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Pulmonary segmentectomy by thoracotomy or thoracoscopy: reduced hospital length of stay with a minimally-invasive approach.
Ann Thorac Surg. 2007 Oct; 84(4):1107-12; discussion 1112-3.AT

Abstract

BACKGROUND

Previous studies have discouraged limited pulmonary resection for primary lung cancer, but pulmonary segmentectomy has advantages for some patients. Furthermore, while thoracoscopic lobectomy has been increasingly applied with well-demonstrated advantages compared with thoracotomy, few data exist regarding thoracoscopic approaches to pulmonary segmentectomy. This study compares thoracoscopic segmentectomy (TS) with open segmentectomy (OS).

METHODS

This is a retrospective review of prospectively collected data for 77 consecutive segmentectomy patients treated between 2000 and 2006 at a single center. Preoperative, intraoperative, and postoperative variables for patients undergoing TS (n = 48) were compared with those undergoing OS (n = 29). Student's t tests were used for continuous data and Fisher's exact tests for dichotomous data.

RESULTS

Baseline demographics were similar between groups. Indications for pulmonary resection included non-small cell lung cancer (n = 39), metastatic disease (n = 30), and other diagnoses (n = 8). All common segmentectomies were represented. No thoracoscopic cases required conversion to open procedures. Operative times, estimated blood loss, and chest tube duration were similar between groups. Outcomes were similar except that hospital length of stay was significantly less among TS patients (length of stay 6.8 +/- 6 days OS versus 4.3 +/- 3 days TS; p = 0.03). Thirty-day mortality was 6.9% (2 of 29) for the OS group compared with 0% for the TS group. Long-term survival rates were significantly better in the TS group (p = 0.0007).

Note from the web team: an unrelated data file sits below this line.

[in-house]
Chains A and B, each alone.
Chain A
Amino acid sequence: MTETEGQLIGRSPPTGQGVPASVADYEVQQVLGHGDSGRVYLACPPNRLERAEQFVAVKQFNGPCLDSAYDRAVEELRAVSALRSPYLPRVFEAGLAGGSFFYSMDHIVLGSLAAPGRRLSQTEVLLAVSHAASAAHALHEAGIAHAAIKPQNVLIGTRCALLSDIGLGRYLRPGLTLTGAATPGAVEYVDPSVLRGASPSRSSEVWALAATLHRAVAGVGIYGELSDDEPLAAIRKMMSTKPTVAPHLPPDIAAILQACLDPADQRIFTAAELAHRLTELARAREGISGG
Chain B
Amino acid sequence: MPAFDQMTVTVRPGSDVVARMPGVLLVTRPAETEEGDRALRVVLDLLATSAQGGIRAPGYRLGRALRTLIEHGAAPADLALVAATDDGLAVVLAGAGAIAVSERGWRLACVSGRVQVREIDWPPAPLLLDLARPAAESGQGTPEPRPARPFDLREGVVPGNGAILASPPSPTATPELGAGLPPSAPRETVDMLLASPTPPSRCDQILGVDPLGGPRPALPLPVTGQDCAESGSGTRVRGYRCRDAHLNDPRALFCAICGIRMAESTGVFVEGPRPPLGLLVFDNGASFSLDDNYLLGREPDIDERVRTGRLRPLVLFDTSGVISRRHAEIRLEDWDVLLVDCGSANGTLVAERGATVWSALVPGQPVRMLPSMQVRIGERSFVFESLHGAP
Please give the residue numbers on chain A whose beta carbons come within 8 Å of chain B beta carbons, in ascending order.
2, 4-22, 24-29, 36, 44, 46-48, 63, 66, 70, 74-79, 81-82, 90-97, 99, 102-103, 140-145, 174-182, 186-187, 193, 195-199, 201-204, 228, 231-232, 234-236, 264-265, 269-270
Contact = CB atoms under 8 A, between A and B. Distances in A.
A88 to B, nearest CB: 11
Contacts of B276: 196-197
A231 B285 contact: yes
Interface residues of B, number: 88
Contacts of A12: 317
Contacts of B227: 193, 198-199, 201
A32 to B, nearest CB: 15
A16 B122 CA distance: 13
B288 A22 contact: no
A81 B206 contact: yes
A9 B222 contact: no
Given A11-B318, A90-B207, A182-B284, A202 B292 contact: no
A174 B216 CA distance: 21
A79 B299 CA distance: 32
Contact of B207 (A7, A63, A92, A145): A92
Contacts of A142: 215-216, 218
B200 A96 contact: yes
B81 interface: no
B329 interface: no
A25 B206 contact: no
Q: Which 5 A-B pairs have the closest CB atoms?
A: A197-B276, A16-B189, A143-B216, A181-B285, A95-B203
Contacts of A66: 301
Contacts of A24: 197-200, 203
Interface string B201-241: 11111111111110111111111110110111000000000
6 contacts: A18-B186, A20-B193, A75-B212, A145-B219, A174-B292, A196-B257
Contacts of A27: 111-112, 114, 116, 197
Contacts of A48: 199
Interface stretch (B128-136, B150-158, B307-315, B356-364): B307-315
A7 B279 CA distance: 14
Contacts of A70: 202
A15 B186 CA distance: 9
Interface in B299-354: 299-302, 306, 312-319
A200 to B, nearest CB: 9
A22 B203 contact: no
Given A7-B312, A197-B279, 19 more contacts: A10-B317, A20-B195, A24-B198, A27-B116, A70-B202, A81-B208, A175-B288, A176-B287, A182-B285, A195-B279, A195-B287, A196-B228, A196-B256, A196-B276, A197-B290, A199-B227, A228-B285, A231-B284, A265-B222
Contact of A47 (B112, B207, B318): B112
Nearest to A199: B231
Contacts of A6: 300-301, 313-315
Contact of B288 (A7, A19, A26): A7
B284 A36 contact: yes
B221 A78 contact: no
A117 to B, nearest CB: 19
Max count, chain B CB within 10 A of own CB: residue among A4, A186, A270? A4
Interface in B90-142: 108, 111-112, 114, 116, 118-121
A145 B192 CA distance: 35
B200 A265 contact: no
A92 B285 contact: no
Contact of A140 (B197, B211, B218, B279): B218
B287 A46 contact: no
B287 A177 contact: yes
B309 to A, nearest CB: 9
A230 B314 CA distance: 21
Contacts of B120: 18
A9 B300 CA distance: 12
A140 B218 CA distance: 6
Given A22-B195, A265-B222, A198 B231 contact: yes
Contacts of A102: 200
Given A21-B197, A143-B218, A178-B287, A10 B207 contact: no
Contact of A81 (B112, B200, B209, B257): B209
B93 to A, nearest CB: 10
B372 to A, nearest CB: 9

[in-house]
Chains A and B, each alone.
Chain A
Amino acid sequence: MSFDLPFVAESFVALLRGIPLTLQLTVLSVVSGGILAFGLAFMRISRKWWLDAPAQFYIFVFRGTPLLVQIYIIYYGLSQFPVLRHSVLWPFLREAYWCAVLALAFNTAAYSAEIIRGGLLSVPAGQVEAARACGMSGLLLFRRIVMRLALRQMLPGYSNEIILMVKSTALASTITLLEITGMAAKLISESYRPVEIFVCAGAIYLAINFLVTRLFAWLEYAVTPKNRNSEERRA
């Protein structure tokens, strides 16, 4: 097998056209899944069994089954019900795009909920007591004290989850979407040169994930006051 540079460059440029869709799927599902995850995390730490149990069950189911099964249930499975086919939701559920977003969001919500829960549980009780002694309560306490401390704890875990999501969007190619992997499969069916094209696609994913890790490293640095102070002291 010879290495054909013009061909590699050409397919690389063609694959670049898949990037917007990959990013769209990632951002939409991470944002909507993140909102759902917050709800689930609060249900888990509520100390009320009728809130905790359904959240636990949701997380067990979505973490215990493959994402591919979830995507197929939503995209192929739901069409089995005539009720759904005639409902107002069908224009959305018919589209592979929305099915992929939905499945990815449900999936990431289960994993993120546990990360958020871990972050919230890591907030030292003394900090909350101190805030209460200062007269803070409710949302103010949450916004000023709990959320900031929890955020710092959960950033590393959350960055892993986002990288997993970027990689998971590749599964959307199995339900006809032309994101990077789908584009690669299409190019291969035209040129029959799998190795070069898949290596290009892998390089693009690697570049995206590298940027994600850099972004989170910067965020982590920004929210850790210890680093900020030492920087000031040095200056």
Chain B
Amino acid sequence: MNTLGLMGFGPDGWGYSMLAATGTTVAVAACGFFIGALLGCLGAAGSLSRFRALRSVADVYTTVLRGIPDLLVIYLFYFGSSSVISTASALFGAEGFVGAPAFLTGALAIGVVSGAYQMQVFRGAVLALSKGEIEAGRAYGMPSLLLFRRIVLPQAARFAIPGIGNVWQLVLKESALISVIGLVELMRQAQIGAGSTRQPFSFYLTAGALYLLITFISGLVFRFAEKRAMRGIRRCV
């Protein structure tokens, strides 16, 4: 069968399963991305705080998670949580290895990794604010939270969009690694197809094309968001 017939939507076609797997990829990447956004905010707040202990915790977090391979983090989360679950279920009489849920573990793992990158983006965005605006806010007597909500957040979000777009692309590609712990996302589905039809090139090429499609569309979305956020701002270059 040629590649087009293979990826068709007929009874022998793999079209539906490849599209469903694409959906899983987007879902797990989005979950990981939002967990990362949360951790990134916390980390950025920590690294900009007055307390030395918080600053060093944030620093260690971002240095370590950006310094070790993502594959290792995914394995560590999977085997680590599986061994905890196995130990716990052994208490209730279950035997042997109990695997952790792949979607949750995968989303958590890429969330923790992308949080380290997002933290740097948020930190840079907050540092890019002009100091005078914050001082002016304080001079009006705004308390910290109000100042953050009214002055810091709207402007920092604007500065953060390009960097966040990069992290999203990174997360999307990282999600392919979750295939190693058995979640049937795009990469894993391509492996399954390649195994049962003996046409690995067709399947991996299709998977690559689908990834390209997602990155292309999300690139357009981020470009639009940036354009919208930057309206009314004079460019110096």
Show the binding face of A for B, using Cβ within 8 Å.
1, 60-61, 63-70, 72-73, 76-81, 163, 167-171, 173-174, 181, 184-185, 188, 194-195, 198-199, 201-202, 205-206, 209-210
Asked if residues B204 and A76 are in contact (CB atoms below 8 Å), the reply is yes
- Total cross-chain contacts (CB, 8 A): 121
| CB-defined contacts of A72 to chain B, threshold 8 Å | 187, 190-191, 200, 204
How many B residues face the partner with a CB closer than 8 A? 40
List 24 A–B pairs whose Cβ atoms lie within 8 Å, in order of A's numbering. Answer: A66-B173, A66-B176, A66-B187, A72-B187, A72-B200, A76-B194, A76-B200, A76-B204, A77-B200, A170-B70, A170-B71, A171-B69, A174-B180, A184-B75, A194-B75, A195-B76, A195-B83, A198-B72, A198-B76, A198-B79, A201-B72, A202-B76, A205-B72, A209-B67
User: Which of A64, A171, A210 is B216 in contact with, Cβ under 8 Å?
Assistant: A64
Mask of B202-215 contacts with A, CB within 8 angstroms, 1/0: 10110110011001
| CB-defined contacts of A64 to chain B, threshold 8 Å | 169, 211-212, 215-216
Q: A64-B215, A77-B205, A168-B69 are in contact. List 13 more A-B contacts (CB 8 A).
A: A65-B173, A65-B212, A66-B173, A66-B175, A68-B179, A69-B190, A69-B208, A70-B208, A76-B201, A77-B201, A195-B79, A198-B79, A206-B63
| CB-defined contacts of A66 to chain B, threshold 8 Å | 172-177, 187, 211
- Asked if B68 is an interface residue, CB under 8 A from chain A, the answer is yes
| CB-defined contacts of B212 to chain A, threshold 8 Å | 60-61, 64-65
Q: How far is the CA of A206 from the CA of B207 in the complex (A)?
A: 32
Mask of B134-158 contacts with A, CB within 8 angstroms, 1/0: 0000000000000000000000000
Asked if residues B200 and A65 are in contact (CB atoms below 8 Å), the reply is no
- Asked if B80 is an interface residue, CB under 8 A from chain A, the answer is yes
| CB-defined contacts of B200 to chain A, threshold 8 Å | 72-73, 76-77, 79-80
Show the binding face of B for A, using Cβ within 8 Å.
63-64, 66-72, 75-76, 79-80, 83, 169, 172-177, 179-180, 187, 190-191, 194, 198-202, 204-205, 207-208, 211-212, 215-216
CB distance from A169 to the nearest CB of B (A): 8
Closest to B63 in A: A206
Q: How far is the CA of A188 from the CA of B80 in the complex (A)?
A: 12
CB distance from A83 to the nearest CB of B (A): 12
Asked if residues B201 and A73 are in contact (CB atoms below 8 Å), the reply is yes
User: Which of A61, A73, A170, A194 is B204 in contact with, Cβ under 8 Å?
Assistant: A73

CONCLUSIONS

Thoracoscopic segmentectomy is a safe and feasible procedure, comparing favorably with OS by reducing hospital length of stay. For experienced thoracoscopic surgeons, TS appears to be a sound option for lung-sparing, anatomic pulmonary resections.

Authors+Show Affiliations

Department of Surgery, Duke University School of Medicine, Durham, North Carolina, USA.No affiliation info availableNo affiliation info availableNo affiliation info availableNo affiliation info availableNo affiliation info available

Pub Type(s)

Comparative Study
Journal Article

Language

eng

PubMed ID

17888955

Citation

Atkins, B Zane, et al. "Pulmonary Segmentectomy By Thoracotomy or Thoracoscopy: Reduced Hospital Length of Stay With a Minimally-invasive Approach." The Annals of Thoracic Surgery, vol. 84, no. 4, 2007, pp. 1107-12; discussion 1112-3.
Atkins BZ, Harpole DH, Mangum JH, et al. Pulmonary segmentectomy by thoracotomy or thoracoscopy: reduced hospital length of stay with a minimally-invasive approach. Ann Thorac Surg. 2007;84(4):1107-12; discussion 1112-3.
Atkins, B. Z., Harpole, D. H., Mangum, J. H., Toloza, E. M., D'Amico, T. A., & Burfeind, W. R. (2007). Pulmonary segmentectomy by thoracotomy or thoracoscopy: reduced hospital length of stay with a minimally-invasive approach. The Annals of Thoracic Surgery, 84(4), 1107-12; discussion 1112-3.